Tiny Magnetic Robots Might One Day Work On Equally Tiny Assembly Lines

Tiny Magnetic Robots Might One Day Work On Equally Tiny Assembly Lines

We've successfully engineered giant robot arms for building cars on an assembly line. But smaller mass-produced items — like electronics — still mostly rely on the nimble hands and fingers of a human. Building and controlling robots on a very small scale is still very difficult, but a company called SRI International may have found a clever solution using magnets.

SRI isn't the first to manipulate a tiny robot using magnets, but they are the first to find a way to control then individually even when there's a swarm of them moving about. The secret is to deploy the robots on a circuit board where the magnetic fields can be precisely localised so that each one can be controlled without affecting others nearby. And from the looks of it, the new technique is remarkably effective.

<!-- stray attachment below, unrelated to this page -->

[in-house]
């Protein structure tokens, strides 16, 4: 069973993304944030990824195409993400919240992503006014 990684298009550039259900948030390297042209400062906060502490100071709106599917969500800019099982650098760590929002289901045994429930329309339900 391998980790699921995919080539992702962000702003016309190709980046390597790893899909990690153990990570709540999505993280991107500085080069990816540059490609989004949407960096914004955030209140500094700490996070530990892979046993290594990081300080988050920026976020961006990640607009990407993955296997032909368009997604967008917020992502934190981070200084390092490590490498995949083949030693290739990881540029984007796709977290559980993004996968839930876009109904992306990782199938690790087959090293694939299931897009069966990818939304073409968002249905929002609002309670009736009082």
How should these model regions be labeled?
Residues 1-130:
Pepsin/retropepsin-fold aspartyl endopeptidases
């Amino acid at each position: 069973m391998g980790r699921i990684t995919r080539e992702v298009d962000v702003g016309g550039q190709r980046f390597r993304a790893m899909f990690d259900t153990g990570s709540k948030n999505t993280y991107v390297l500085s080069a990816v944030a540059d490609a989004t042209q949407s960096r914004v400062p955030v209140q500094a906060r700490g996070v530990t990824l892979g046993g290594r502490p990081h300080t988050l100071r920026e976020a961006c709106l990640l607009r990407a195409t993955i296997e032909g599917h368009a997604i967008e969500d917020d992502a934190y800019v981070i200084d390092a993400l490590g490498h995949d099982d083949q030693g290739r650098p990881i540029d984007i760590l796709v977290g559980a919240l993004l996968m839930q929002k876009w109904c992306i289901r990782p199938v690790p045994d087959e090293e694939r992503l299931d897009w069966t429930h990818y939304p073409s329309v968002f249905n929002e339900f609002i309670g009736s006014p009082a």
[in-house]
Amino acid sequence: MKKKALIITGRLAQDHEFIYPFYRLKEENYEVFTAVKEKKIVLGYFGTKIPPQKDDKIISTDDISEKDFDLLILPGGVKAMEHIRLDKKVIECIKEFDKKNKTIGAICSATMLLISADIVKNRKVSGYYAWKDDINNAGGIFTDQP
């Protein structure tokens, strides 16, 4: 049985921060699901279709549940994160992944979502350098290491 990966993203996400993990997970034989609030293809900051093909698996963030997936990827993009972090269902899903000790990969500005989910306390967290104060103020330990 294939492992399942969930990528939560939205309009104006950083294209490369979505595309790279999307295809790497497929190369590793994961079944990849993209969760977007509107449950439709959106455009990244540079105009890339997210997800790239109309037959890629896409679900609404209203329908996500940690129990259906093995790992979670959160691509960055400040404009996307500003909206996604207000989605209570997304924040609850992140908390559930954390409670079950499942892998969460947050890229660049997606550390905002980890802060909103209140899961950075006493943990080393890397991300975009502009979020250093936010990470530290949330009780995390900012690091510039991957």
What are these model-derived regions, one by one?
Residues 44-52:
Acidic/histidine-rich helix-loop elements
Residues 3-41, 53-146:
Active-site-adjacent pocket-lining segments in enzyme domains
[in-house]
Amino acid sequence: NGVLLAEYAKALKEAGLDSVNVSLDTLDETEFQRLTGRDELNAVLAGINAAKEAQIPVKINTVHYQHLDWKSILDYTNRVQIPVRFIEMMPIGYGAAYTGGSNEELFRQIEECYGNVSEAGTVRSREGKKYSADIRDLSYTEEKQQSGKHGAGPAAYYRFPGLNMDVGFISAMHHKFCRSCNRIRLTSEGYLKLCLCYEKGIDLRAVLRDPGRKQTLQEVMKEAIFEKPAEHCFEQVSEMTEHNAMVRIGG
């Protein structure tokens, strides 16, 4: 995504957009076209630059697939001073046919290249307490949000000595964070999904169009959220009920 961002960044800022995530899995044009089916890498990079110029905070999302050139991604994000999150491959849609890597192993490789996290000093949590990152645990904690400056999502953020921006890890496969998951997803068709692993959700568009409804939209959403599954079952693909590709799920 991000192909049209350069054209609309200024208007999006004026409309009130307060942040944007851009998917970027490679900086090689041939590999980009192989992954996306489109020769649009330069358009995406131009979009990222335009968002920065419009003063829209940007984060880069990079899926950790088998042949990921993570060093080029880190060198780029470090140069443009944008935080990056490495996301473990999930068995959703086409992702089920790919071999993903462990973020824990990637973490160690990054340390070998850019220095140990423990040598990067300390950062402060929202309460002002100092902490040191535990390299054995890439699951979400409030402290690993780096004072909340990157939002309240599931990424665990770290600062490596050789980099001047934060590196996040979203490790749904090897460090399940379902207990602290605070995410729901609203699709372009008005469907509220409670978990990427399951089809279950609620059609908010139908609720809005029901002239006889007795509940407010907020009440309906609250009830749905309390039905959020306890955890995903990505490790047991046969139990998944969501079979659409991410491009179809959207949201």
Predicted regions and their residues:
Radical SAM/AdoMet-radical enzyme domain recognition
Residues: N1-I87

Not only can the robots be maneuvered with impressive precision, they can also zip around with impressive speed for their size. And while the robots might not be strong, the advantage is that they're small and lightweight enough to work almost anywhere they can be affected by a magnetic field. So while they're assembling a piece of electronics, for example, they could easily crawl around inside it during assembly, speeding up the whole process.

And more importantly, if you've ever stepped on an ant, you have a pretty good idea of how easy it would be stop one of these robots in its tracks if it ever tried to rebel. [SRI via IEEE Spectrum]

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